/ Liverpool FC vs. Man City: weaponizing analytics on the pitch

November 13, 2019

A couple of days ago we watched the soccer game between Liverpool FC vs. Man City. What a game! Liverpool dominated the first half resulting in a score of 2 to nil in their favor. The game ended 3:1. Man City lost while most of the match statistics were in their favor: they had higher ball possession, more passes, higher accuracy in these passes, more corner kicks and less fouls. Here are some of the statistics:

Man City Liverpool FC
Ball possession 56% 44%
Passes 505 411
Accuracy 83% 77%
Fouls 5 10
Corners 13 4
Shots 18 12
Shots on target 3 5


And yet Liverpool were more dangerous, more aggressive: there was an overwhelming feeling that Man City never stood a chance. Soccer statistics such as ball possession and accuracy have long been known to be loose predictors of success, so what was happening here? What kind of soccer game was Liverpool playing?

We believe that what we witnessed on the pitch is this: weaponized analytical thinking. Let us explain.

We are not sports analytics specialists and we do not know anyone at Liverpool FC, but we think long and hard about how to use analytics to make an impact and we believe we saw exactly that on the pitch last Sunday: analytical thinking at work.

Analytics started making a difference in sports decision making about 20 years ago, first in baseball. We wrote in a separate paper about the Oakland Athletics and Billy Bean. At the time when Oakland A’s started to make a difference with analytics, statistics had been around in baseball for over 150 years. What changed is that the Oakland A’s found a way to weaponize some key metrics. They transformed the analytics to answer questions: like who they should recruit and put on the pitch in a way to maximize their chances to score and win.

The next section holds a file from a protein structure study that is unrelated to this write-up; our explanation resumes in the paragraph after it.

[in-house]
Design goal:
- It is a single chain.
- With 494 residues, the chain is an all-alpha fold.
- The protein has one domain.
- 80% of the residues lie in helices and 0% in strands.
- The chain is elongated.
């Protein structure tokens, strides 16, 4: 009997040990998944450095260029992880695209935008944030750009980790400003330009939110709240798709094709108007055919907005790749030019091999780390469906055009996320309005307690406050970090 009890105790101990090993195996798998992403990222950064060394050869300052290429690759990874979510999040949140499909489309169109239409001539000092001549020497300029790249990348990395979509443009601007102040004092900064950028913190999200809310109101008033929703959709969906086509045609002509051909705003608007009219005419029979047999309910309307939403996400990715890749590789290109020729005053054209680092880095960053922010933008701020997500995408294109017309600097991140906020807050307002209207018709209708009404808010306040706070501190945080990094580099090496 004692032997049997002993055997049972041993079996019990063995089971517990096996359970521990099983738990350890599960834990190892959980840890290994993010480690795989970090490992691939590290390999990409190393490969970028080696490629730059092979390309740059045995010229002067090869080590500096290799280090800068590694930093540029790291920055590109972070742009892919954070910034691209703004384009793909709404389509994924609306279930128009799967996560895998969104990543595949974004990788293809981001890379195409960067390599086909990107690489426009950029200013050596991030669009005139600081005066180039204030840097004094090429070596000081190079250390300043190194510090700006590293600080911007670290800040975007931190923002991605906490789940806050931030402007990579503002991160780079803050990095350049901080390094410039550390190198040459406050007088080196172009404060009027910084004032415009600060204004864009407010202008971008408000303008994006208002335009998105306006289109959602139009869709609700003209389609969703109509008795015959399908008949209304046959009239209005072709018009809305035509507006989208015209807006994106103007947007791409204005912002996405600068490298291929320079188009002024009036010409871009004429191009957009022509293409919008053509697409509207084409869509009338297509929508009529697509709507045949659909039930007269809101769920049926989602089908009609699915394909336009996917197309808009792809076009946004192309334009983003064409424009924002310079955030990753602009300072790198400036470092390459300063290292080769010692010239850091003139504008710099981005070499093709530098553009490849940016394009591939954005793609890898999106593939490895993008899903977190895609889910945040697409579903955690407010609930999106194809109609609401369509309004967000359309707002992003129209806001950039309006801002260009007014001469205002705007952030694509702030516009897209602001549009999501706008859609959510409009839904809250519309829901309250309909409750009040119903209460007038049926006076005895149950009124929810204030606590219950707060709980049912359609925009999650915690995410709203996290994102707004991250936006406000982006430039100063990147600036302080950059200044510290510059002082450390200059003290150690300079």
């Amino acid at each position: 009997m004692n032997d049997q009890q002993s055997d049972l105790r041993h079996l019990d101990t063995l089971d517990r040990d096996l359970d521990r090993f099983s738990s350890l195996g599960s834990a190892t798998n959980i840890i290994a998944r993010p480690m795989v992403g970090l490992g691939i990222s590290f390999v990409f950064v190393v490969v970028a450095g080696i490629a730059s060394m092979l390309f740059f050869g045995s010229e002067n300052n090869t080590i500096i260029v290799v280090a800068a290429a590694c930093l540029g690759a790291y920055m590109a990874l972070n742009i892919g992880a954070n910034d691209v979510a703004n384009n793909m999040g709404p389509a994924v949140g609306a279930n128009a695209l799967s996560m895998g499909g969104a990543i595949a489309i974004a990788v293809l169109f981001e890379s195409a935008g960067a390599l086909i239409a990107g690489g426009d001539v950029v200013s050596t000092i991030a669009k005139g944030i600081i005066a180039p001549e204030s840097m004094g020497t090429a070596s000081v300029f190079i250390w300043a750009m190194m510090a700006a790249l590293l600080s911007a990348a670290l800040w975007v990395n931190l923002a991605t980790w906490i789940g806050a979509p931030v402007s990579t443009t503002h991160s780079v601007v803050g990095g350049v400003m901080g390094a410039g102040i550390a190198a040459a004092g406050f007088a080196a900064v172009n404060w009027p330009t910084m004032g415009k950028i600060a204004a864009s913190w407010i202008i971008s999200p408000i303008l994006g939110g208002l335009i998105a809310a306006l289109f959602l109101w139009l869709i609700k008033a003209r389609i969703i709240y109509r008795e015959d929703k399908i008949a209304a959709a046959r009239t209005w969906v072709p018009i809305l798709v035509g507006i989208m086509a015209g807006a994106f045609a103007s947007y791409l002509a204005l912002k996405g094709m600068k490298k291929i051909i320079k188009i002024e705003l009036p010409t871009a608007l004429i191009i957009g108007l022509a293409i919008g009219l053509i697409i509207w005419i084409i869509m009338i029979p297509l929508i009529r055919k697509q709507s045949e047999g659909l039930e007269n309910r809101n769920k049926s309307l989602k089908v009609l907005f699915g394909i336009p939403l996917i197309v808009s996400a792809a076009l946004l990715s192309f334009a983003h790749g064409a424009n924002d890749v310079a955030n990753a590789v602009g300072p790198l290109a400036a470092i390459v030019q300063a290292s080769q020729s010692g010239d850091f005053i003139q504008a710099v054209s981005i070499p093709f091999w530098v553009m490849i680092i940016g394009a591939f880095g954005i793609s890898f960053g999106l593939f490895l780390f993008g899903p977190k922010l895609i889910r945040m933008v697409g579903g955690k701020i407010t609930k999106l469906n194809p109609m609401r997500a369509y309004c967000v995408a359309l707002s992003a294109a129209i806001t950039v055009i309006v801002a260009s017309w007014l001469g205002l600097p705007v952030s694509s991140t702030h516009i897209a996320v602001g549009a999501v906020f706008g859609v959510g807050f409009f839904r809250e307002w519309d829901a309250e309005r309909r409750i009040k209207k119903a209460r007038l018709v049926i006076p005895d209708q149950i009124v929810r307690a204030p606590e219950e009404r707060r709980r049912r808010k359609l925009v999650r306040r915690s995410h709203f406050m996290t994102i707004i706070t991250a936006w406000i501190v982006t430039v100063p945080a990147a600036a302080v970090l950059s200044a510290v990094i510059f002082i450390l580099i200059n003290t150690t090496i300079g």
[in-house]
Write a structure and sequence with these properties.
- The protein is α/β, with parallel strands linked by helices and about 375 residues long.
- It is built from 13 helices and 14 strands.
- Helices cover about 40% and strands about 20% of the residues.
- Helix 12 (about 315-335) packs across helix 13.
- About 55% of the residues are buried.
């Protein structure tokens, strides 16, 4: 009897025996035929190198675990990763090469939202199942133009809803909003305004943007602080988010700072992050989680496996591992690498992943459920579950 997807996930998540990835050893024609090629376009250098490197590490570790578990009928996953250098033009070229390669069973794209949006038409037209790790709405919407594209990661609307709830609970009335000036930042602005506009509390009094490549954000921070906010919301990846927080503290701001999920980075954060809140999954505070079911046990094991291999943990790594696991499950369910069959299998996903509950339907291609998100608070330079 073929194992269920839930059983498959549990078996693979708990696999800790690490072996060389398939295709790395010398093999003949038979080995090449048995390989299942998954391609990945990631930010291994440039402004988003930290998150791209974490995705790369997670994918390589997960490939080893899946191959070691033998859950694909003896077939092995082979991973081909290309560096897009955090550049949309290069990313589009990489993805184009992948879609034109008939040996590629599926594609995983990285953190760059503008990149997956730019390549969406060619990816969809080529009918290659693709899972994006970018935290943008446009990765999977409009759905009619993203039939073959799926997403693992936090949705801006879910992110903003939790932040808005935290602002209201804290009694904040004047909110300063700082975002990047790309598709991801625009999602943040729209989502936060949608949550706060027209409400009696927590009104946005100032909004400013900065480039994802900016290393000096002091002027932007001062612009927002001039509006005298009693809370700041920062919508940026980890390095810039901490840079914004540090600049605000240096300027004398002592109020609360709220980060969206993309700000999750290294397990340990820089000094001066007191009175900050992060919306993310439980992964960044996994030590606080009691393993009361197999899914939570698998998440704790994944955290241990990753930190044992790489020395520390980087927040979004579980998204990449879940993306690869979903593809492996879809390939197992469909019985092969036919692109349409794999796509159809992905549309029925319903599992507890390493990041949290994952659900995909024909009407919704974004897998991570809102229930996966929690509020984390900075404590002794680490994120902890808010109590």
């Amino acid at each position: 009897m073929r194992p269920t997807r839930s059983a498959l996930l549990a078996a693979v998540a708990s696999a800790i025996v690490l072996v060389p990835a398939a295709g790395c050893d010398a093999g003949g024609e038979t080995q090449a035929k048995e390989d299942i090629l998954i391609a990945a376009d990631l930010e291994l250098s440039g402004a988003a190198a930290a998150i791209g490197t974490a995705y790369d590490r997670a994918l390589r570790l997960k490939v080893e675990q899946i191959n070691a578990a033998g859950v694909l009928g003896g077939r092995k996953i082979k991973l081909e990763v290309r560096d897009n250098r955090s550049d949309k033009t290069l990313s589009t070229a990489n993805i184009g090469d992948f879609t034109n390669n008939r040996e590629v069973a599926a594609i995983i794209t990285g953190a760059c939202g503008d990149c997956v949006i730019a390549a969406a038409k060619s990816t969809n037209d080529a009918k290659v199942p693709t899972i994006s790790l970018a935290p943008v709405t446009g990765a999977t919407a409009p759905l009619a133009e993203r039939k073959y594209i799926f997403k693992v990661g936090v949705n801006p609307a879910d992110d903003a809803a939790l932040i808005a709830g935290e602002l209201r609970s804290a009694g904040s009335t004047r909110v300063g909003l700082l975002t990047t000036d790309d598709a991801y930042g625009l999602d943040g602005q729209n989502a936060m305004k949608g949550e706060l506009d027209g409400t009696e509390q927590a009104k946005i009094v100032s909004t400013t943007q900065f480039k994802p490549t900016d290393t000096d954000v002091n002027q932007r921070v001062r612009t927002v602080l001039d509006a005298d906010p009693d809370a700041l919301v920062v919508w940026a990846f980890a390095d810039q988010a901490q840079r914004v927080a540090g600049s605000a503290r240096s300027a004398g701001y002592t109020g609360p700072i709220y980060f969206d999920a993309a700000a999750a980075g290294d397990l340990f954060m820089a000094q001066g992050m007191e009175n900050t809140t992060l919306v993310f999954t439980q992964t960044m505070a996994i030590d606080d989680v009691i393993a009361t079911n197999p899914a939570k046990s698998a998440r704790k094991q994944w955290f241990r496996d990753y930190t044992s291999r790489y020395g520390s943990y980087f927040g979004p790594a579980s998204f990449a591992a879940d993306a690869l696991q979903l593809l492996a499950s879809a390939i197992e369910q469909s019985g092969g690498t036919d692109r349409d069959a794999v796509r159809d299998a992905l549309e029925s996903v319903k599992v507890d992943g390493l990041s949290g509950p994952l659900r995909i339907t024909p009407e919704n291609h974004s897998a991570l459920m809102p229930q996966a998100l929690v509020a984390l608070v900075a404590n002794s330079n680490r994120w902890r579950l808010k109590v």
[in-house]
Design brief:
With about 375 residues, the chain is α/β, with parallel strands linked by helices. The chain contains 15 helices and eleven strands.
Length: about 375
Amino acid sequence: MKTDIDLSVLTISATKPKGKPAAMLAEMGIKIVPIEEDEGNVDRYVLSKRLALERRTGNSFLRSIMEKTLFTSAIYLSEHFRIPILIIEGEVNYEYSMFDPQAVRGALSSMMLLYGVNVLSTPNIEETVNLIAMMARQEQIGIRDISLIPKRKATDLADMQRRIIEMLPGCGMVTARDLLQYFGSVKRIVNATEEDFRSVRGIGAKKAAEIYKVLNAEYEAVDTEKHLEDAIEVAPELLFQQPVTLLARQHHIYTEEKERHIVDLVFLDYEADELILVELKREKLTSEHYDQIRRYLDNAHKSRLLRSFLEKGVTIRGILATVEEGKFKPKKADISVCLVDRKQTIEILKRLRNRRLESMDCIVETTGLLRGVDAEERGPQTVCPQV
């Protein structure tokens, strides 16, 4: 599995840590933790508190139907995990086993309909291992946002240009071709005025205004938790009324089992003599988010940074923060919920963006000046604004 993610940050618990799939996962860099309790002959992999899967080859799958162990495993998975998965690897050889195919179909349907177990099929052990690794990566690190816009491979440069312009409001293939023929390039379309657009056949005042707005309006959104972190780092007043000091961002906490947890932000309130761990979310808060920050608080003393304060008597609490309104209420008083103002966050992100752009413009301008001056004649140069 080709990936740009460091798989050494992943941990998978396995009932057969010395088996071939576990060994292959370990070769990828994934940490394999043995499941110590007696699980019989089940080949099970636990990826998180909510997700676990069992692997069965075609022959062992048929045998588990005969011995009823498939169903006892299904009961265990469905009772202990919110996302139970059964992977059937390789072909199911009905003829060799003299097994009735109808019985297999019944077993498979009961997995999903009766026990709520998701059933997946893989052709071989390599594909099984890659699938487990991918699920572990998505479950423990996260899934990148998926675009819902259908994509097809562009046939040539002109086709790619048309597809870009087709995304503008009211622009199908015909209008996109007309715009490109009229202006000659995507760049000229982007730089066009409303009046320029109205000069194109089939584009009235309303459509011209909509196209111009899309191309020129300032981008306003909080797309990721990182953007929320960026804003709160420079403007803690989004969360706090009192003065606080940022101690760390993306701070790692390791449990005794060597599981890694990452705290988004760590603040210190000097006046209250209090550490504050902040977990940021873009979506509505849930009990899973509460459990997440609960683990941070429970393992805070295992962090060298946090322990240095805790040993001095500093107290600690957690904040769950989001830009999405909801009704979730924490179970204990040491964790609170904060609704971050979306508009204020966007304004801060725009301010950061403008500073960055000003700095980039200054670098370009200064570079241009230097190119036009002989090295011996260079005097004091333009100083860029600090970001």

The same thing is happening in soccer, 20 years later, and Liverpool are doing it. The weapon, we believe, is a metric called Goal Probability Added or GPA. The GPA works like this. At any point in time during the game, even in the most defensive phases of the game, there is some probability to score a goal. This probability could be measured before and after any action. An action could be a pass, a dribble, a combination, etc. We can measure GPA for a player from the moment he receives the ball to the moment he passes the ball. Increased GPA means that the player improved the chances for his team to score a goal while decreased GPA means the opposite. Inherently, riskier game decisions have a higher GPA. Not surprisingly, they carry more risk, like losing the ball to the opposing side. The GPA can also be measured on the aggregate, like for the whole team during a game. A team with a higher GPA is a team that plays more aggressively and takes more risk.